A Harvard research team has developed a new generation of virus-like particles, capable of delivering gene-editing proteins in vivo with high-specificity.
Gene-editing has been an exciting and emerging field in biotechnology for the better part of the last decade. Proteins such as CRISPR-Cas9 and various base editors, have been well studied and shown to be promising in providing a mechanism for curing genetic diseases. To put it in very general terms, these gene editing proteins act like scissors that cut out undesirable portions of DNA, and replace them with desirable ones. One drawback is that this technique requires extreme specificity. Getting these proteins to act preferentially on specific portions of DNA is crucial to their efficacy.
In a new study, a Harvard research team has demonstrated the ability to deliver gene-editing macromolecules through the use of enveloped virus-like particles (eVLP). Previous studies assessing VLPs have shown that although they effectively exploit the virus-like properties of protein transportation, they lack evidence of therapeutic efficacy in vivo, specifically, in mice.
David Liu, the paper’s senior author, stated in a Harvard news release, “The delivery of therapeutic macromolecules into mammalian cells in animals and eventually in patients is one of the most important challenges in life sciences. There is often a very steep drop-off between in vitro and in vivo delivery, so we made the decision early on that our new delivery technology would need to show good efficacy in animal models.”
The team created a new generation of eVLPs capable of carrying 16-fold more base-editing proteins, with an eight to 26-fold increase in editing efficiency in animal cells.
The researchers demonstrated that their new generation of eVLPs were effective in editing genes in multiple tissues. They used the eVLPs to edit out a gene which provides the instructions for how to make a certain protein that is associated with “bad” cholesterol, PCSK9, known for regulating the levels of LDL cholesterol in the blood. By doing so, they lowered PCSK9 levels by 78%. Additionally, they used the eVLPs to edit a gene associated with genetic blindness, which resulted in partial restoration of visual function in the mice.
“The cholesterol target is particularly interesting because it is not only relevant to patients with a rare genetic disease,” co-author and graduate student Aditya Raguram said. “We are hopeful this is one example of genome editing being able to benefit a large population because cholesterol levels impact the health of billions of people.”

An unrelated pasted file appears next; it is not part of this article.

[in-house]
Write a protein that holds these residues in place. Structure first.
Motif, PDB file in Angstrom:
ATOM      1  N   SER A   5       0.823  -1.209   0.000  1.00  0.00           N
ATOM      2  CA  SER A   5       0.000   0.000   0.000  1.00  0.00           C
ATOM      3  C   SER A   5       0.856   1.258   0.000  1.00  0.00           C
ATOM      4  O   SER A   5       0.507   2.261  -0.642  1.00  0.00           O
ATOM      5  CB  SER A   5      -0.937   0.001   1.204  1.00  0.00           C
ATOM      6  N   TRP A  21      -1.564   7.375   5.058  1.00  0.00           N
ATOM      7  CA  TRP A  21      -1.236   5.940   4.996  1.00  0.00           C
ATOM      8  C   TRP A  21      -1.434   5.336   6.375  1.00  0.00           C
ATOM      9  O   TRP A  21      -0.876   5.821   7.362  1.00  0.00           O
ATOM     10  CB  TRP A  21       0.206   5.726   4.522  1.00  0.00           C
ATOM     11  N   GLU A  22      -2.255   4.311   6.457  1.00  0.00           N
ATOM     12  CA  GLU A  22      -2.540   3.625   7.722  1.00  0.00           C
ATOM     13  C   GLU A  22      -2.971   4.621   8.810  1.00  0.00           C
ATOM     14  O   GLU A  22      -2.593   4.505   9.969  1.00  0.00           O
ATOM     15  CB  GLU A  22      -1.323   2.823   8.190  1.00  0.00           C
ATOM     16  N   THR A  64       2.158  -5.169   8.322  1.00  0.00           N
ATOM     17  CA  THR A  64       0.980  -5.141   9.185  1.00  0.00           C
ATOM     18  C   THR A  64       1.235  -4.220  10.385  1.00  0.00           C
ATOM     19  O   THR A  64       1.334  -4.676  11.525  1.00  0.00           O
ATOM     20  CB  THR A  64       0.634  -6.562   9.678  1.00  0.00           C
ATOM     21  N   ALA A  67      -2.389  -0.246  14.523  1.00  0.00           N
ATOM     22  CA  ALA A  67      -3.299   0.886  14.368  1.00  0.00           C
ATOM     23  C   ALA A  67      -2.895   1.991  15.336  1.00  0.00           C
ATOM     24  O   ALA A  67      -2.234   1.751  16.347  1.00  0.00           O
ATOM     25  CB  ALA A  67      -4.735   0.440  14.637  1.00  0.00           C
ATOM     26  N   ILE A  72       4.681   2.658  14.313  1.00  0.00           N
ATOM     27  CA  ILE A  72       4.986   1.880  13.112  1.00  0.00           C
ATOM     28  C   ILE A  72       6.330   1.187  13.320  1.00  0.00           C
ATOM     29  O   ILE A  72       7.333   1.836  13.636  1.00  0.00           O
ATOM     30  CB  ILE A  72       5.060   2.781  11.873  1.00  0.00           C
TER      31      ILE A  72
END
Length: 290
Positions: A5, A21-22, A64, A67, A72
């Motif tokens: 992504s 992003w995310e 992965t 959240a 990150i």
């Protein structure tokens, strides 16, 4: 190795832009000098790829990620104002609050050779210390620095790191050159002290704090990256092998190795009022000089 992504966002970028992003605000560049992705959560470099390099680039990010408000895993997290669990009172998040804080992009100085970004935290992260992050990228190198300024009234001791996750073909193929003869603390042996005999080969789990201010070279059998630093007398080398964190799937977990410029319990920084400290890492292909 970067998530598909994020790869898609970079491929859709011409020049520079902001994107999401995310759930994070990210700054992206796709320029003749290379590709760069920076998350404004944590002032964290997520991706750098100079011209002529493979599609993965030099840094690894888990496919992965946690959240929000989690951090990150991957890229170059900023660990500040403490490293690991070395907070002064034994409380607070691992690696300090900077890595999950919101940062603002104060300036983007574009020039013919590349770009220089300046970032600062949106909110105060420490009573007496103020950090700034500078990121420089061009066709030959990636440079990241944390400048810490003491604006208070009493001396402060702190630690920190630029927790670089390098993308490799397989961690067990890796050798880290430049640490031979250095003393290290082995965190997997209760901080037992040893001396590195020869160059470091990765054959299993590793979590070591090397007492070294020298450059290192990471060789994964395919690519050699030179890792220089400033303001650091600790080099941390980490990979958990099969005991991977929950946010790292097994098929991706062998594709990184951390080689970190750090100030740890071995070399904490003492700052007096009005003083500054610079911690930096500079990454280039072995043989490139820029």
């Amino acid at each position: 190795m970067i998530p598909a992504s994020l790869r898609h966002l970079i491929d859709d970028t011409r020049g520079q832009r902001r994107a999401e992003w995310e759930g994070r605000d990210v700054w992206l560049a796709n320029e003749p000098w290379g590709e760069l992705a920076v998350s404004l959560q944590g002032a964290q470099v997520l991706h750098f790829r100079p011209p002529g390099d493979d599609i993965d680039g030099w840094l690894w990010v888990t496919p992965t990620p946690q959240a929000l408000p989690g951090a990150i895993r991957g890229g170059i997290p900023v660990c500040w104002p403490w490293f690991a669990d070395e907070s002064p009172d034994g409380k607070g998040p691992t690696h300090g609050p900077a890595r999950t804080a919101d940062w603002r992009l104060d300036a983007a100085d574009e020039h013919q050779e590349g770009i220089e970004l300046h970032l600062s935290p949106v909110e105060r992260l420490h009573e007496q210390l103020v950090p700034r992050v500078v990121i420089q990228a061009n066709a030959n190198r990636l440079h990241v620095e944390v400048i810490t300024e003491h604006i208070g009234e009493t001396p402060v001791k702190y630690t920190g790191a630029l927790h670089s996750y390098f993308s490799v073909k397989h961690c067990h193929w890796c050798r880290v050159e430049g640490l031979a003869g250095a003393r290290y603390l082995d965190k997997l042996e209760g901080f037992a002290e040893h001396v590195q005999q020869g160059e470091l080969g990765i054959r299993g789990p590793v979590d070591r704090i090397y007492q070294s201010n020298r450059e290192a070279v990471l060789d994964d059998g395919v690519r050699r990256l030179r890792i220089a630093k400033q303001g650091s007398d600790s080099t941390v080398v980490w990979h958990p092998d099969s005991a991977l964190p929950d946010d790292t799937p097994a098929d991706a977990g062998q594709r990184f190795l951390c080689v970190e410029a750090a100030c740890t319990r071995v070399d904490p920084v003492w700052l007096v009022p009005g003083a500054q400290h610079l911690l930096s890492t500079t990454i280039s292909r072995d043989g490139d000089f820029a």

The study was published in Cell, on January 20th, 2022.
Abstract. Methods to deliver gene editing agents in vivo as ribonucleoproteins could offer safety advantages over nucleic acid delivery approaches. We report the development and application of engineered DNA-free virus-like particles (eVLPs) that efficiently package and deliver base editor or Cas9 ribonucleoproteins. By engineering VLPs to overcome cargo packaging, release, and localization bottlenecks, we developed fourth-generation eVLPs that mediate efficient base editing in several primary mouse and human cell types. Using different glycoproteins in eVLPs alters their cellular tropism. Single injections of eVLPs into mice support therapeutic levels of base editing in multiple tissues, reducing serum Pcsk9 levels 78% following 63% liver editing, and partially restoring visual function in a mouse model of genetic blindness. In vitro and in vivo off-target editing from eVLPs was virtually undetected, an improvement over AAV or plasmid delivery. These results establish eVLPs as promising vehicles for therapeutic macromolecule delivery that combine key advantages of both viral and nonviral delivery.
Banskota S, Raguram A, Suh S, Du SW, Davis JR, Choi EH, Wang X, Nielsen SC, Newby GA, Randolph PB, Osborn MJ, Musunuru K, Palczewski K, Liu DR. Engineered virus-like particles for efficient in vivo delivery of therapeutic proteins. Cell. 2022 Jan 20;185(2):250-265.e16. doi: 10.1016/j.cell.2021.12.021. Epub 2022 Jan 11. PMID: 35021064.
Disclaimer: Med Lifestyle does not claim any of the ideas discussed above to be our own. All ideas, concepts, and information discussed in this review belong to the cited authors. This website’s content is only for the purpose of providing information. The content is not intended to be used as medical, legal, financial, or other advice, and should not be construed as such.